Disobedient distributors: street-level bureaucrats and would-be patrons in community-based family planning programs in rural Kenya

Stud Fam Plann. 2001 Sep;32(3):254-69. doi: 10.1111/j.1728-4465.2001.00254.x.


The implementation of social welfare programs, including family planning programs, is strongly conditioned by the needs, desires, and agendas of those who carry them out, known as "street-level bureaucrats." In this study, the strategies of CBD agents in western Kenya are examined in order to understand how they use their job as a means to achieve their own personal goals. The concept of clientelism, borrowed from the field of political science, can help to explain what the CBD agents are trying to achieve for themselves in their communities, at the same time as they promote the use of contraceptive pills and injections. CBD agents are concerned with building up their own stocks of prestige and respect from their community members, while avoiding blame for any possible negative outcomes of family planning.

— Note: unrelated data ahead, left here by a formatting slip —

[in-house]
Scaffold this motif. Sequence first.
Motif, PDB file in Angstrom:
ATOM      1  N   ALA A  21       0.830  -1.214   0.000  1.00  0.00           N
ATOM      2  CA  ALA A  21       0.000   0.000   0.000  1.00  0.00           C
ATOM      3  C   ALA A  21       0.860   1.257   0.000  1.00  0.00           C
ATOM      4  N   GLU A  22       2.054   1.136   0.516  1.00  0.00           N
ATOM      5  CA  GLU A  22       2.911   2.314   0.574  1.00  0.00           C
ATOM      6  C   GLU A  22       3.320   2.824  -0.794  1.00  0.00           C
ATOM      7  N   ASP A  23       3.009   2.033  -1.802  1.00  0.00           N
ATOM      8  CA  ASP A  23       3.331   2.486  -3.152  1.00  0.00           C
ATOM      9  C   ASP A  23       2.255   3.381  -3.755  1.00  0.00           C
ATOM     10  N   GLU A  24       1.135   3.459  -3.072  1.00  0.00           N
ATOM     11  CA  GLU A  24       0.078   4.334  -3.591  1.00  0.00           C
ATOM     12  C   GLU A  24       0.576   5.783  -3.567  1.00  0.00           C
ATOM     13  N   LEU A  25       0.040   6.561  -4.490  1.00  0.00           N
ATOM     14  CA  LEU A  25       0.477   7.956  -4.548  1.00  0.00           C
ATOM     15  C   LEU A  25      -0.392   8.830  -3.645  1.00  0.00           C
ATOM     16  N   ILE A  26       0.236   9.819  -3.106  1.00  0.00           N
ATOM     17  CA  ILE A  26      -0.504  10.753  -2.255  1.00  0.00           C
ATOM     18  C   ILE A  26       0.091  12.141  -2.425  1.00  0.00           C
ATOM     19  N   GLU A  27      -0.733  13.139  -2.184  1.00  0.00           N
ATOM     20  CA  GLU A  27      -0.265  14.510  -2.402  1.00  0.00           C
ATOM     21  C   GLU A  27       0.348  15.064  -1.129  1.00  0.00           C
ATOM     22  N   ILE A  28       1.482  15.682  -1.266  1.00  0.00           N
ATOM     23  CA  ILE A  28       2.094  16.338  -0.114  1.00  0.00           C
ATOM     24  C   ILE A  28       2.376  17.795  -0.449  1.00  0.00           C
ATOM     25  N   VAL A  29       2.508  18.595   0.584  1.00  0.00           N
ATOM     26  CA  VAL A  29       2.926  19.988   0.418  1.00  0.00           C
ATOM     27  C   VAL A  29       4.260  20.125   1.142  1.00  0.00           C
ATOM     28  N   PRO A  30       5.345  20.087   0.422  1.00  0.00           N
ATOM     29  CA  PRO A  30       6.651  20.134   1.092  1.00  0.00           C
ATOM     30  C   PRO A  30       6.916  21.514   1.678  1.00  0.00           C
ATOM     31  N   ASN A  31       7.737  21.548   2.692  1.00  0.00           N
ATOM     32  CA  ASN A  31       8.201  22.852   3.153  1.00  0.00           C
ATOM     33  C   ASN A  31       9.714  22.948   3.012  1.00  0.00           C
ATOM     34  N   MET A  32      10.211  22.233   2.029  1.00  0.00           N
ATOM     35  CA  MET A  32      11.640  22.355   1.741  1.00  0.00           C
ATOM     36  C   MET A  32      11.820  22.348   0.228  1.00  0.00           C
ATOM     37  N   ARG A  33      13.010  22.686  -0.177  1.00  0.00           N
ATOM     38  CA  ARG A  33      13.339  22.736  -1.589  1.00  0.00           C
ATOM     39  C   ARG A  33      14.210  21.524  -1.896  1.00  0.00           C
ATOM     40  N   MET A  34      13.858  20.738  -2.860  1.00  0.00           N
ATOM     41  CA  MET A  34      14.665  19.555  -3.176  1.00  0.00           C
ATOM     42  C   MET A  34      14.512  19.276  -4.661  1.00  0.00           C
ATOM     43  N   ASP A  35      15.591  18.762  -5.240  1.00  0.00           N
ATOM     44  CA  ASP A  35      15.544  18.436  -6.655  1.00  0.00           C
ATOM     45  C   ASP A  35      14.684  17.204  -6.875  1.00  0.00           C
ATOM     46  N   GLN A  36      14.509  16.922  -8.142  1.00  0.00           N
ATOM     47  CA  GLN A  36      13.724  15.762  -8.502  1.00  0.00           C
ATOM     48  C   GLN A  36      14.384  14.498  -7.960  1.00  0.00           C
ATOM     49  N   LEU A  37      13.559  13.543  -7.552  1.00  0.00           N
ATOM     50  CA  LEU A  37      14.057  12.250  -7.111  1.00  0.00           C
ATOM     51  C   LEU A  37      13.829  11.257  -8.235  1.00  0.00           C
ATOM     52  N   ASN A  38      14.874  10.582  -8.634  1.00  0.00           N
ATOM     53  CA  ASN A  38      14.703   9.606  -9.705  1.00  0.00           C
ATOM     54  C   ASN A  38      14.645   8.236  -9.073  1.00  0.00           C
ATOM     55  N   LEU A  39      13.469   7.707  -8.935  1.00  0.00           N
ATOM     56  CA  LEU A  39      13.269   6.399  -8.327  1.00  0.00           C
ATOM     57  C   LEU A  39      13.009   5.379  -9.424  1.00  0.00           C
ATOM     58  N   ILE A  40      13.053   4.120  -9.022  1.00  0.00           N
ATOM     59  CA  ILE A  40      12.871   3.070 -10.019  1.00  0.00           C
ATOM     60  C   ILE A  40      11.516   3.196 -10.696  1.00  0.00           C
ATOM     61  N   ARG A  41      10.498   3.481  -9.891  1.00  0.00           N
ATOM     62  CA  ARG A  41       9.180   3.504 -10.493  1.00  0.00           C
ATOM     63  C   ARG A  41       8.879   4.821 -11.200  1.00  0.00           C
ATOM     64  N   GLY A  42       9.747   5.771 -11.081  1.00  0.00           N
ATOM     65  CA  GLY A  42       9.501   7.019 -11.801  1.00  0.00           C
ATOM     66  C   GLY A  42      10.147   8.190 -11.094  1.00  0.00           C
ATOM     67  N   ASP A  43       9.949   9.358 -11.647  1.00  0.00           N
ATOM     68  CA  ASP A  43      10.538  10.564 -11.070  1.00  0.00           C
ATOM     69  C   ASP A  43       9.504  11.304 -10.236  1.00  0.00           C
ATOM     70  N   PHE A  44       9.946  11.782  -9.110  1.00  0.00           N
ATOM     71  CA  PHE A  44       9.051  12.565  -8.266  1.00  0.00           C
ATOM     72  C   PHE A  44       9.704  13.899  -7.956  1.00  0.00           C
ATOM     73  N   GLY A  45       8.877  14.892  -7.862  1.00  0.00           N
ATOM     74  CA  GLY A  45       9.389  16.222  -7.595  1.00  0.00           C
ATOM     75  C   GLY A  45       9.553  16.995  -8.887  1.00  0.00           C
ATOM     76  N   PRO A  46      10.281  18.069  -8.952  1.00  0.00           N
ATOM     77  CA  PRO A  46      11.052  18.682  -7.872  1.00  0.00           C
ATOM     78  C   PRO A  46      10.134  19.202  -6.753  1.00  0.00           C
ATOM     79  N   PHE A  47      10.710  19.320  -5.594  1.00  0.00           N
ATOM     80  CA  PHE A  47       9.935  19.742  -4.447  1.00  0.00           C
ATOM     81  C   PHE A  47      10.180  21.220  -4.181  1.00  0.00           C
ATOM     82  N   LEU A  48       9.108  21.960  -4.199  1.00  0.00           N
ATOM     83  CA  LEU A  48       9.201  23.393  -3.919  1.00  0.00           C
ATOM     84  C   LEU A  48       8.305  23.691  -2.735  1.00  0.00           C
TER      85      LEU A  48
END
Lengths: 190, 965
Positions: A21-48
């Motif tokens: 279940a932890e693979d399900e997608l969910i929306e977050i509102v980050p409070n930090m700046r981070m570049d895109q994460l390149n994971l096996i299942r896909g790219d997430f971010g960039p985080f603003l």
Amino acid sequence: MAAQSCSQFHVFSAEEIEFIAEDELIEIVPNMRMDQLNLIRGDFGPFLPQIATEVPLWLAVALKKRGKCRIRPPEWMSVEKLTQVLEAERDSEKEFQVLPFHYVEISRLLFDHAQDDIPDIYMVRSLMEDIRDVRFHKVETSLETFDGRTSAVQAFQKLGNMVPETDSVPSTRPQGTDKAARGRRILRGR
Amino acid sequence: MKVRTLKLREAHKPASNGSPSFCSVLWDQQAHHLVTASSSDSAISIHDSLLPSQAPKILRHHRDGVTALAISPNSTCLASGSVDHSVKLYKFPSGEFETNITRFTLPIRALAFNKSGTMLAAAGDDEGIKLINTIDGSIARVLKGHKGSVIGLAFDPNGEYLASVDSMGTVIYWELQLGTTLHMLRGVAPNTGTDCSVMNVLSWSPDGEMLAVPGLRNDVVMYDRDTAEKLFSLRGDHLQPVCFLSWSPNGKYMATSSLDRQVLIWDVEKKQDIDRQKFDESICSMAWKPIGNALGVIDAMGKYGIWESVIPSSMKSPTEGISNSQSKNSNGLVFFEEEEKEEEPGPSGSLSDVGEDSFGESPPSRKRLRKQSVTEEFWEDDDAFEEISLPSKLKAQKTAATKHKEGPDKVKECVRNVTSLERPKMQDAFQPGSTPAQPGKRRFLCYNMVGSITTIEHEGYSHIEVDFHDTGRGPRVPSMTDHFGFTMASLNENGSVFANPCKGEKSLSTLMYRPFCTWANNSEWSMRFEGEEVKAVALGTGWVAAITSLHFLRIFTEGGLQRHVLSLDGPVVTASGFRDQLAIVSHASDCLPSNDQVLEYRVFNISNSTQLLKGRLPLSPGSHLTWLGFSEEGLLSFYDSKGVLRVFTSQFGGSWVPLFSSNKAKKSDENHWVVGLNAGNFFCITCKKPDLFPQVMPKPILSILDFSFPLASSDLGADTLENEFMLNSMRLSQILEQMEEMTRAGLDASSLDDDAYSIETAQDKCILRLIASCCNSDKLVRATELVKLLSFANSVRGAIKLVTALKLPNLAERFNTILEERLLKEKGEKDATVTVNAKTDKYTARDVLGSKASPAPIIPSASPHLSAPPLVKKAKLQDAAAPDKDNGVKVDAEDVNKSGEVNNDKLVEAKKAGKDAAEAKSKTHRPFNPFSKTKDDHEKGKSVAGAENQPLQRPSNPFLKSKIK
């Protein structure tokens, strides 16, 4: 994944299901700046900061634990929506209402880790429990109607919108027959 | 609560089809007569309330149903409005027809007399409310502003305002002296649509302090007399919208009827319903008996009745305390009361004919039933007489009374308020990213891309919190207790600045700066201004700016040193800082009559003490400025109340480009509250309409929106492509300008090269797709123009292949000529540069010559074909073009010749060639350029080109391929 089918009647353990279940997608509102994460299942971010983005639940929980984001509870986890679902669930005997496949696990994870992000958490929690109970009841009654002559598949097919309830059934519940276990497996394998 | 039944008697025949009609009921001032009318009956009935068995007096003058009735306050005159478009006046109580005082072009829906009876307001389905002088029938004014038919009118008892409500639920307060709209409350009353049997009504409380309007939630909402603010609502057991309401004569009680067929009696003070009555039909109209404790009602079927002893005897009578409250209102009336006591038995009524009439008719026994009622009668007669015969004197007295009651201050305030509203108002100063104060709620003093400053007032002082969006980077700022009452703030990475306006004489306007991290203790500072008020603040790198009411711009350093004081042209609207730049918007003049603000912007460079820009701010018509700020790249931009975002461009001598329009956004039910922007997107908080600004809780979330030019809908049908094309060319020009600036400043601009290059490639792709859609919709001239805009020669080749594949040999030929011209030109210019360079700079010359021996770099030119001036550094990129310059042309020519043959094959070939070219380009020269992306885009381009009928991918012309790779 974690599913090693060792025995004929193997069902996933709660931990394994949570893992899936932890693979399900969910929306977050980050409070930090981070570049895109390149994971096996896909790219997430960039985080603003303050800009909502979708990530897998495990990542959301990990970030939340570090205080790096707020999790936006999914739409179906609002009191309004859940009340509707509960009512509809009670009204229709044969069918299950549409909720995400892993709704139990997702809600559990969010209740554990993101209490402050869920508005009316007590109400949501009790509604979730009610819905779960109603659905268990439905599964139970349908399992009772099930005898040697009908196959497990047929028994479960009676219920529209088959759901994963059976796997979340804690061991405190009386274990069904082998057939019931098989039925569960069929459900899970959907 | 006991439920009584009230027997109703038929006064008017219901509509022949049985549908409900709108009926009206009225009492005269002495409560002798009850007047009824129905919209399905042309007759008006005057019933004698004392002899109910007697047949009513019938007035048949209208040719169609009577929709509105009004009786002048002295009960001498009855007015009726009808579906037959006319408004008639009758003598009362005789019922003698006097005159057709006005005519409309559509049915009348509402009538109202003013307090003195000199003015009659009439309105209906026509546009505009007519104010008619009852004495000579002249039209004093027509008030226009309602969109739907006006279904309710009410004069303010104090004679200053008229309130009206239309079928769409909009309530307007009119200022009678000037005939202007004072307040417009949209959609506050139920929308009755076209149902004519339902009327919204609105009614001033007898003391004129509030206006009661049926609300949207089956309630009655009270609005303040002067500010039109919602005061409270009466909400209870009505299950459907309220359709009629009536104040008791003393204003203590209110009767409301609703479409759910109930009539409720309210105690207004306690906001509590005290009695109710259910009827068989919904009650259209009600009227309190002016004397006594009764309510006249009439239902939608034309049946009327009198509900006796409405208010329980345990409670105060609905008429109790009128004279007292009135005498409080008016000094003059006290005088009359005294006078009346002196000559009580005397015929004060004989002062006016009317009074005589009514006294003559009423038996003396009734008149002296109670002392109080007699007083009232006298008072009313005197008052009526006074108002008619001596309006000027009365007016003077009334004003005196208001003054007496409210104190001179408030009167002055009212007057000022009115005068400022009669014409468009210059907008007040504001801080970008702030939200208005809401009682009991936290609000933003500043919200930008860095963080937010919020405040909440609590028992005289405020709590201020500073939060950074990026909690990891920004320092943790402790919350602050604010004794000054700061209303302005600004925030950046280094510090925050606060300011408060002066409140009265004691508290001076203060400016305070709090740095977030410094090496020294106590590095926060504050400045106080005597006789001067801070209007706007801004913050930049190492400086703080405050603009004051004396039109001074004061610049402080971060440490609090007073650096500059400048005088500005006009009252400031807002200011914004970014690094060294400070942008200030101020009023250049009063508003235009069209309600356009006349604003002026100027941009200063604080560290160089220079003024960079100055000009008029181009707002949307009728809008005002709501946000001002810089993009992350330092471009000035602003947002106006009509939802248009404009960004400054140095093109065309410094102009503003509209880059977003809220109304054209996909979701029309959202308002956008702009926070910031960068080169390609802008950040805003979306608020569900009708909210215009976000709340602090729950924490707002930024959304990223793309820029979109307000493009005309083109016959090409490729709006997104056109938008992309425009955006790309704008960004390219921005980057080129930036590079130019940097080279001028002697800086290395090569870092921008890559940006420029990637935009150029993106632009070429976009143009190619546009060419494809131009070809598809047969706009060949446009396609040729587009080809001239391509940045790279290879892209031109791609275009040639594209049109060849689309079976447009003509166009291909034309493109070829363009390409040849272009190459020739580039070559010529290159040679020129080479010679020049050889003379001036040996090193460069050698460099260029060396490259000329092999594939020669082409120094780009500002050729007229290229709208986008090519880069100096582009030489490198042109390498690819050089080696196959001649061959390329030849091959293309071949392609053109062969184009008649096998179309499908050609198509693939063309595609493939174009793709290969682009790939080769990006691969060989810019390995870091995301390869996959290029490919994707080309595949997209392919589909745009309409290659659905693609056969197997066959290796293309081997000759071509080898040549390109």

Publication types

  • Research Support, Non-U.S. Gov't
  • Review

MeSH terms

  • Community Health Services*
  • Community Health Workers
  • Delivery of Health Care*
  • Health Planning*
  • Humans
  • Interpersonal Relations
  • Kenya
  • Patients / psychology*
  • Public Policy
  • Rural Population